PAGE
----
This is an exciting time for the telecommunications industry and consumers. We are experiencing a transition of the PSTN to an all IP network and services which, over the next 10 years, will be unprecedented in the history of telecommunications.  The transition will take many forms: core network technology migrations from TDMA to IP, massive changes to back-office systems as core requirements like CALEA and E911 are replicated to operate on new technologies and, most importantly, the introduction of new services that will revolutionize the way we communicate, conduct business and access information. We are entering a world where devices, networks and services will operate seamlessly through an all IP environment with greater efficiency and providing a platform for future innovation.

Yankee Group VP of Research Jennifer Pigg took a close look at this transition to IP in a recently released white paper prepared for Neustar, Transitioning the PSTN to IP: What’s in a Number?, which examines the central role that numbering and the Number Portability Administration Center (NPAC) will play in this transition.  Since the advent of Local Number Portability, the 10-digit Telephone Number has emerged as the only single identifier available to consumers and businesses that is a) globally unique, b) portable between service providers, c) easy to use across technology platforms and d) extensible to support secure authentication and verification. The demand for telephone numbers continues to outpace population growth, and over the last decade they have emerged as the only consumer alias that conveys across communications, social media, commerce, public safety and secure authentication services.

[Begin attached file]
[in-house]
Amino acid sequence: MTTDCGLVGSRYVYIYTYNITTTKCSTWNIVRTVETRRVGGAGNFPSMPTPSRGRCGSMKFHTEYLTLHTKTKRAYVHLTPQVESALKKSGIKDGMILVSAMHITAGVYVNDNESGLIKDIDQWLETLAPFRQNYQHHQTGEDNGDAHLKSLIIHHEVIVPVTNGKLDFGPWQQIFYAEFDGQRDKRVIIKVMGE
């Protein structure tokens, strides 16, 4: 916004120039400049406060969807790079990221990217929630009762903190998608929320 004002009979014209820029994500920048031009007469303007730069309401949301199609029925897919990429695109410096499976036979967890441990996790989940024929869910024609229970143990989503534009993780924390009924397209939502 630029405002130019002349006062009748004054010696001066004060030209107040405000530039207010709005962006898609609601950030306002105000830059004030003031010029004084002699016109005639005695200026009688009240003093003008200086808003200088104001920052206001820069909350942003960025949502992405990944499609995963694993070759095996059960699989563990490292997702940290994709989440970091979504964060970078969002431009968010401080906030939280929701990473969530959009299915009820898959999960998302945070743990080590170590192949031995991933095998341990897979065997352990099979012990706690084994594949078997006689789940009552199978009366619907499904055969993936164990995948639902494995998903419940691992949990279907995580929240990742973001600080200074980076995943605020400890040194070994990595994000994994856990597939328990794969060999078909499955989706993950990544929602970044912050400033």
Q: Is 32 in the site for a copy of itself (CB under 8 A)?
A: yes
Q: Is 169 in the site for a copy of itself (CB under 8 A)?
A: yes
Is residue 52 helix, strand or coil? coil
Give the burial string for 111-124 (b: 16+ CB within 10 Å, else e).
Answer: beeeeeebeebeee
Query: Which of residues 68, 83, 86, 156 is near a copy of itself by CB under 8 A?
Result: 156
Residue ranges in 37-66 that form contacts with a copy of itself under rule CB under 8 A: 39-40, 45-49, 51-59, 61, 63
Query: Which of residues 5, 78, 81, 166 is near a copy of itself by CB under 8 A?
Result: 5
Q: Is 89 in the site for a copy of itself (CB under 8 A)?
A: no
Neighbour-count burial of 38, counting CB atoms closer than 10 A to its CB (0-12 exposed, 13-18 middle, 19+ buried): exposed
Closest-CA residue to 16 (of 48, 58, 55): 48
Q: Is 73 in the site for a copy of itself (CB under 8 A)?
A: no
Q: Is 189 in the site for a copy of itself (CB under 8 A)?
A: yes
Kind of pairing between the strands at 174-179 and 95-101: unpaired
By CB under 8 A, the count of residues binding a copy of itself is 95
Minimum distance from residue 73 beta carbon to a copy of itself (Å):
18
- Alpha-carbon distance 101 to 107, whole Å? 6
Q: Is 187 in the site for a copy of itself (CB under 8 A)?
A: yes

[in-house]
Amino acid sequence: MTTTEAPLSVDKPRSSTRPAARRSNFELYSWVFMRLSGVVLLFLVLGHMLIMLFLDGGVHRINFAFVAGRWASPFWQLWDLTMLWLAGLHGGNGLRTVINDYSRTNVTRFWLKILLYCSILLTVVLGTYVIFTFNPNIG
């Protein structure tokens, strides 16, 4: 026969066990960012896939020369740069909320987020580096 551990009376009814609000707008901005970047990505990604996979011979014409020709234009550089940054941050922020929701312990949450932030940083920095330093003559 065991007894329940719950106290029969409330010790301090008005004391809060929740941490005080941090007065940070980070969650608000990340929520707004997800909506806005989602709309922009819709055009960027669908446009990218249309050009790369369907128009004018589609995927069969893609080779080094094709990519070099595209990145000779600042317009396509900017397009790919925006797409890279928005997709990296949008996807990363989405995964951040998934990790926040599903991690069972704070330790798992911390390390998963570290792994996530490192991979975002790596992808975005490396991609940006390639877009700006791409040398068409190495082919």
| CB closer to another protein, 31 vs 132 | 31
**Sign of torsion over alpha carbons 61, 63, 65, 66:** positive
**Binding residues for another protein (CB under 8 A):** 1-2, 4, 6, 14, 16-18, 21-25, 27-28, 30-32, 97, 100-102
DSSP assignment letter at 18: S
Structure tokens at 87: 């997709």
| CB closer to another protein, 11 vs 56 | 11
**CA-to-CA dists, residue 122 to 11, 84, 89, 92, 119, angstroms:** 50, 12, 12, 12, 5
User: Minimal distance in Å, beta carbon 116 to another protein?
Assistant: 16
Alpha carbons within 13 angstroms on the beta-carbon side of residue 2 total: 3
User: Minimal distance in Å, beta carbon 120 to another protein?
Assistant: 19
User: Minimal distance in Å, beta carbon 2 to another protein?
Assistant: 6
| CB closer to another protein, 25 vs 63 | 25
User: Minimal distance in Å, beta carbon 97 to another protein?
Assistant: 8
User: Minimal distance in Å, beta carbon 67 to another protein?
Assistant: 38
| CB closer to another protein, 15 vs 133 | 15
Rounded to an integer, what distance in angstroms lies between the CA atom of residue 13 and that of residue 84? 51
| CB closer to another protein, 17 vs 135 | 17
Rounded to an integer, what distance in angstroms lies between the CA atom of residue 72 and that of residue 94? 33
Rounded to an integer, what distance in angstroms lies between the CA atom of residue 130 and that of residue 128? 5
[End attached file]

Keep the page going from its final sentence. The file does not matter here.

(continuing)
As a result, the administration and portability of telephone numbers are central to PSTN – IP transition.

Future of Numbering in an IP World

Looking to the future, the white paper finds that meeting the challenges of an increasingly IP world requires new ways of looking at the assignment, administration and authentication of telephone numbers.  Portability is here to stay, and all the more critical for today’s consumers – but there’s more.  The white paper stressed a few key points:

  • The telephone number will continue as the unifying customer identifier throughout PSTN to IP conversion.  It will remain the key identifier for called and calling parties, and will remain central to the consumer experience as new products and services are adopted.
  • The industry will need bold thinking to maintain the health and value of the North American Numbering Plan, particularly in the areas of network interconnection, inventory conservation and security on the all-IP network.
  • To execute the transition with minimal disruption to enterprises and consumers, carriers will be well-served to build upon the principles already in place, like broad industry participation, centrally administered technology and neutrality

The white paper, concludes by finding that the NPAC and local number portability are essential to more than just telecom competition — they are a vital asset as the industry moves ever closer to more individualized, tailored services in an all-IP environment.

 This is the third paper authored by the Yankee Group to describe the value of number portability and the NPAC.  The first, titled Telephone Numbers Are Portable; Is the NPAC? examines the history and current role of Number Portability in the United States.  The second, Number Portability Through the Global Lens, describes local number portability implementations in six diverse countries, to see how their experiences compare to the success of number portability in the U.S.

Download the full white paper: Transitioning the PSTN to IP: What’s in a Number?